Tuesday, September 29, 2009

Red Tomato Chutney

You may or may not remember that I made chutney for the first time last winter. And we loved it! It is a Pear and Peach Chutney with ginger root in it that makes it nice and HOT! It is great with curry and rice!

So, when my friend at Shinshu Life published a recipe for red (vs. still green) tomato chutney, I was really enthralled! Just looking at the color made me want to rush out and make it. However, Shinshu Life cooking is based on their wonderful and HUGE gardening enterprise. My balcony garden, on the other hand, was recycled early on in the summer, and replaced with flowers. So, when I compared prices of "real" (fresh) tomatoes with canned, canned won out. Here is my version of Shinshu Life's school textbook's Red Tomato Chutney:

Red Tomato Chutney

2 cans whole peeled tomatoes - I roughly cut them up with a pair of kitchen shears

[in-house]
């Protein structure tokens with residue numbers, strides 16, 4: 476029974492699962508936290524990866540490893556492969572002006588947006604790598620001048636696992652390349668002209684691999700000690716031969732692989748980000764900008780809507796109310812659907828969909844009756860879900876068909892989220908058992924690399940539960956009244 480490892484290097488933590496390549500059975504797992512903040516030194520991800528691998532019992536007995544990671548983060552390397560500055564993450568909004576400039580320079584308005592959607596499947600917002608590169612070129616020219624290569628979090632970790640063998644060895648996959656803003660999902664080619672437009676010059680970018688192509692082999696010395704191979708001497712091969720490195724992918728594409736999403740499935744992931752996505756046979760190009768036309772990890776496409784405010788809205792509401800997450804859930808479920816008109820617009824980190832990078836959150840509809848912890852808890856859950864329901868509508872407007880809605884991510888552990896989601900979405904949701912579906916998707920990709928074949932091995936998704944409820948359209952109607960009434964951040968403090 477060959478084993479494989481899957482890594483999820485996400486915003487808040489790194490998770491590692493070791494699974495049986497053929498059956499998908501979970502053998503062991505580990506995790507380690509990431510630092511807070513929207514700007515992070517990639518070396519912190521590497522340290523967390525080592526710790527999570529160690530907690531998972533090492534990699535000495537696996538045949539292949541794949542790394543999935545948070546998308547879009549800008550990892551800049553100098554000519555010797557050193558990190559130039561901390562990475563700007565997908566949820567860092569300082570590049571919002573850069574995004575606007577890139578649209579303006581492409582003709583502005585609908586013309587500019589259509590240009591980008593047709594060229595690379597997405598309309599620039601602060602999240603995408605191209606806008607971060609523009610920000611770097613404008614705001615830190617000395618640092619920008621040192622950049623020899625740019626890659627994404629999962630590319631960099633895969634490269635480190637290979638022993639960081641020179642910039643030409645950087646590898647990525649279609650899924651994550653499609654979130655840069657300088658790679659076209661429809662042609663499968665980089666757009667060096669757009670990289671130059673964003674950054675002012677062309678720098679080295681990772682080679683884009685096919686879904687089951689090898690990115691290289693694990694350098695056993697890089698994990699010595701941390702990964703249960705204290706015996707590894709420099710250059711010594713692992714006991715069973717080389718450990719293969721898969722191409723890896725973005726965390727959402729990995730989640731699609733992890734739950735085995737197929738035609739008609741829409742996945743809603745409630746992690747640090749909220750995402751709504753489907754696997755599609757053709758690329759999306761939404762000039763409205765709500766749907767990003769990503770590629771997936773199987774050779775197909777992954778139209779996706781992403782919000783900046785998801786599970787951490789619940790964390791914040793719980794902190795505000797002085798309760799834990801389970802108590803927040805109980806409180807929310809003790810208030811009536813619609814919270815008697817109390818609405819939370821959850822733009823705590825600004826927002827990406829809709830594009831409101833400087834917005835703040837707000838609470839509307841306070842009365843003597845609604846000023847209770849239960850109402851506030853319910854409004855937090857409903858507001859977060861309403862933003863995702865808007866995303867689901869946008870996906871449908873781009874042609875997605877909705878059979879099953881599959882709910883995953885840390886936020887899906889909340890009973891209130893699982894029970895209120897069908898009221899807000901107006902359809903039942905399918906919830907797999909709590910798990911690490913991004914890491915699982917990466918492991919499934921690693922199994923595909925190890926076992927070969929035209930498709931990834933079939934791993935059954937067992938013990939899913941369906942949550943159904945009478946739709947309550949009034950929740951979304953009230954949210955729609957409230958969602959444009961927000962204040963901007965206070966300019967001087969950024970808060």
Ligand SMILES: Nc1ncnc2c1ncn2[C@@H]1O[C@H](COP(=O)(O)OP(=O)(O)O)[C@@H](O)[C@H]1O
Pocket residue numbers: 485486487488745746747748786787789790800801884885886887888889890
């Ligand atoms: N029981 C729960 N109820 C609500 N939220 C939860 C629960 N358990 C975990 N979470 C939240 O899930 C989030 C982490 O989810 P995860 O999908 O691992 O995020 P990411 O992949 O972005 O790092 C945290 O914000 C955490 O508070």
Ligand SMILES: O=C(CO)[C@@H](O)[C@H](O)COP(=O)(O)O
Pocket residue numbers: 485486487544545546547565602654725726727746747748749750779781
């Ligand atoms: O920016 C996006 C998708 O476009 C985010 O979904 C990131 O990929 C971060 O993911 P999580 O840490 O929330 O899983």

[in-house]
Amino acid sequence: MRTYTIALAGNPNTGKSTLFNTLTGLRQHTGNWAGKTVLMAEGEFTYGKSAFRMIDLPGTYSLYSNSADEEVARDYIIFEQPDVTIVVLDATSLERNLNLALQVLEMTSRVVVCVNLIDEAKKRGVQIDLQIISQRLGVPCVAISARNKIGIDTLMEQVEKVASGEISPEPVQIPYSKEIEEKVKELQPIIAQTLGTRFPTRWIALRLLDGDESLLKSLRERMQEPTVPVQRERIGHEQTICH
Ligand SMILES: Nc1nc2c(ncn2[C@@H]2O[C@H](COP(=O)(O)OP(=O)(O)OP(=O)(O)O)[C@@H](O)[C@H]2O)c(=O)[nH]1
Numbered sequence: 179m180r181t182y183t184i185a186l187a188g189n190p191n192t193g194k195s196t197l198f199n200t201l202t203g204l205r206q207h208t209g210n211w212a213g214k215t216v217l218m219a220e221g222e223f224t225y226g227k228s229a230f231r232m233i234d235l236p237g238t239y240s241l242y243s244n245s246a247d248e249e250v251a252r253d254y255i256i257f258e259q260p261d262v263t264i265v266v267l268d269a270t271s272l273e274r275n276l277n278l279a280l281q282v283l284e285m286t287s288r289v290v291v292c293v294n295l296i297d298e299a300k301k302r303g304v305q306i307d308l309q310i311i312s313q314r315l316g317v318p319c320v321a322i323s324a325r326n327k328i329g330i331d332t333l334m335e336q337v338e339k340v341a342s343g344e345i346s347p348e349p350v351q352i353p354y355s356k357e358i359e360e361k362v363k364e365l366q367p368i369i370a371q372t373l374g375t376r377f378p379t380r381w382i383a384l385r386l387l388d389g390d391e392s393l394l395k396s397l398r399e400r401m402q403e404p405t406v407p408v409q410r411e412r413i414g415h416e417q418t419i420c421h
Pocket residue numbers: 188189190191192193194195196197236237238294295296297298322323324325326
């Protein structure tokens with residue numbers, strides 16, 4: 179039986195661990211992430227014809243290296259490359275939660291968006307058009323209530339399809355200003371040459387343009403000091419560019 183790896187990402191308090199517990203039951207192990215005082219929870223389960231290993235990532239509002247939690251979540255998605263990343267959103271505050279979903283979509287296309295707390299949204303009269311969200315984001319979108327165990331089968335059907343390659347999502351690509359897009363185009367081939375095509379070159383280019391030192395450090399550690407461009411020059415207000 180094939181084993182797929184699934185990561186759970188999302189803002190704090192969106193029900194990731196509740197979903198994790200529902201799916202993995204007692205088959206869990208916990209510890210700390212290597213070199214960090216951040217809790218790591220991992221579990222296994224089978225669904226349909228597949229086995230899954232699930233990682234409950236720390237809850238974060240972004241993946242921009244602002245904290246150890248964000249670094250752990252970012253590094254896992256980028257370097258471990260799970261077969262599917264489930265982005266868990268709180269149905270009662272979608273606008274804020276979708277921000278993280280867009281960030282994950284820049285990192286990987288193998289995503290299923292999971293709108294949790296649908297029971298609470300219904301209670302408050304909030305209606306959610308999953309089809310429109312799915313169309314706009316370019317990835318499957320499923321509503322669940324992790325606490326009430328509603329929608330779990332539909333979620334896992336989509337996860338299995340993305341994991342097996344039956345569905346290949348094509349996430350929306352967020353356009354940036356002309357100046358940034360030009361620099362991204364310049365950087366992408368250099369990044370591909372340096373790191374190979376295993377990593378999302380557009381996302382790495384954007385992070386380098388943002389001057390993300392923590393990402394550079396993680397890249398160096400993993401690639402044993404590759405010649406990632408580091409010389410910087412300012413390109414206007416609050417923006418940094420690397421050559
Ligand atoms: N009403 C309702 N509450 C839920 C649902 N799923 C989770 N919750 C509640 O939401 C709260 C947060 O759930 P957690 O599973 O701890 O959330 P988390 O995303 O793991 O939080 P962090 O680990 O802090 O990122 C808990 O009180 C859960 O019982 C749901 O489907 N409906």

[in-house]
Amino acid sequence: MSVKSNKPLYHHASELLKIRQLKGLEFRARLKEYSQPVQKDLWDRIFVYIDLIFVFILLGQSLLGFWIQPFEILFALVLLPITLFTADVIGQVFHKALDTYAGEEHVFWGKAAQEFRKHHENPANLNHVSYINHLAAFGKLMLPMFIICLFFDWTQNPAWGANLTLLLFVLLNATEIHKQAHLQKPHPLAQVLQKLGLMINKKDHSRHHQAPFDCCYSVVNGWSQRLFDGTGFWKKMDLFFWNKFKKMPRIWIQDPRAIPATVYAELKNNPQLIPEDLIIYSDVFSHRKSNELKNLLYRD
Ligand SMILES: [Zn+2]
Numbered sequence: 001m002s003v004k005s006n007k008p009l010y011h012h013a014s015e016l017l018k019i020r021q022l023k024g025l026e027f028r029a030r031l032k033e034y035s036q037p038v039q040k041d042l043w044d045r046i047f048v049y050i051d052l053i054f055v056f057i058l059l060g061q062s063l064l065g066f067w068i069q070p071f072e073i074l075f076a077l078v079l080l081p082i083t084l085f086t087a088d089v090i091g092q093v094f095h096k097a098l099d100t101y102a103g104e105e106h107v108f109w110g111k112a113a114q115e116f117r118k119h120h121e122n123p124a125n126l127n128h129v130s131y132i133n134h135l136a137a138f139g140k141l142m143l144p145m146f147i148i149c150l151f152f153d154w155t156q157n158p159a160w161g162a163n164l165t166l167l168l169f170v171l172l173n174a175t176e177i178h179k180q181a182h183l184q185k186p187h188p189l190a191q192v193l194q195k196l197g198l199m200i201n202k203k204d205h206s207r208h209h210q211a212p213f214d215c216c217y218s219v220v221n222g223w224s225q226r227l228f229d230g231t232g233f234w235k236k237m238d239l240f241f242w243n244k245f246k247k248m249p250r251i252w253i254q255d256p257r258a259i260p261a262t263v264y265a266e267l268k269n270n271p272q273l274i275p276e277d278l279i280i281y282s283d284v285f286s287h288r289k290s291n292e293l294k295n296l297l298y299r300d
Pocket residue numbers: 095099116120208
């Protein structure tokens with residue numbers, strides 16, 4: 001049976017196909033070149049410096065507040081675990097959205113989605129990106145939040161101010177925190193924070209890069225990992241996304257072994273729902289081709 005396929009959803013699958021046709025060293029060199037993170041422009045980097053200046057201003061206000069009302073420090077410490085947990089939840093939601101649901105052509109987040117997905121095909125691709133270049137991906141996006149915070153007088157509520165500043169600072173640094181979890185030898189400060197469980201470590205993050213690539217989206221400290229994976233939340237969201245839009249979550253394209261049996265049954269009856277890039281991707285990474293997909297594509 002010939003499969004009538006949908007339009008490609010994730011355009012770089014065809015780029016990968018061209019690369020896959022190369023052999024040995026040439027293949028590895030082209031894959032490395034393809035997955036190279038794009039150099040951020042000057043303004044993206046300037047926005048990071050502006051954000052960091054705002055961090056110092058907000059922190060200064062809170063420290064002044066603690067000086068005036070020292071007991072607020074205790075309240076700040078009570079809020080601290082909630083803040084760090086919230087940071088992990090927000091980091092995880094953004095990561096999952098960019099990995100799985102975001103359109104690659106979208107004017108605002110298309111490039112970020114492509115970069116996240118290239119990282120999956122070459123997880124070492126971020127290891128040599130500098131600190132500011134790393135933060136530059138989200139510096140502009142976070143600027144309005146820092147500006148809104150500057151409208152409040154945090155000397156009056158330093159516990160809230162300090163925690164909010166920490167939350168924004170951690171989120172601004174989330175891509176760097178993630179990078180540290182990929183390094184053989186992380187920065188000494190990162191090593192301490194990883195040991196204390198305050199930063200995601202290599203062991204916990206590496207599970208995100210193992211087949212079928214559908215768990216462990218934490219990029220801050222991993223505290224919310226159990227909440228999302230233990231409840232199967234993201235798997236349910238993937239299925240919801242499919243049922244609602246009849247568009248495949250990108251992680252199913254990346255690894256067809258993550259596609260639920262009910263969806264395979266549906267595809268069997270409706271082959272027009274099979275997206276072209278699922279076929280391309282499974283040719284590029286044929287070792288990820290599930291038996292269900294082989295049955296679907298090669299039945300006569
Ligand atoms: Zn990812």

3/4 cup rice vinegar
1/2 cup raisins
1 tsp. salt
1 Tbsp. pickle spice wrapped in a mesh cloth - cloves are the ticket, I think!
1 cup sugar

I threw all of this (EXCEPT THE SUGAR) into a saucepan and boiled it till the liquid was reduced by about 1/2. About 20 minutes. Then I added the sugar and boiled it for about 20-30 minutes. Ryu (my husband), isn't a real vinegar fan, and found this to be a bit sour at first, so be sure to adjust the sugar to your own taste. This made 2-3 cups of chutney. The color is so rich and the flavor so robust! I love it!

We weren't sure what to eat it on but it would work with yogurt - REALLY! and cream cheese and crackers. It is also great with chicken and white rice. I think we will be finishing it up tonight! Mmmm! Thanks for the inspiration, Heather!

Cinnamon Chip Granola

I have created so many wonderful posts about newly created recipes. Posts describing the process, the root of the recipe, the delicious discovery. Only to actually taste the creation and have to chalk it up to "practice." As I stood in the shower this morning smelling the delicious aroma of cinnamon wafting out of my kitchen - 2 feet away - I asked myself, "Self, will this be another post and recipe that will be tossed into the pit of experience? Or, will this really be one you can print?" And, as Jun and I chowed down this granola at lunch, I am so so happy to say that THIS one is a keeper!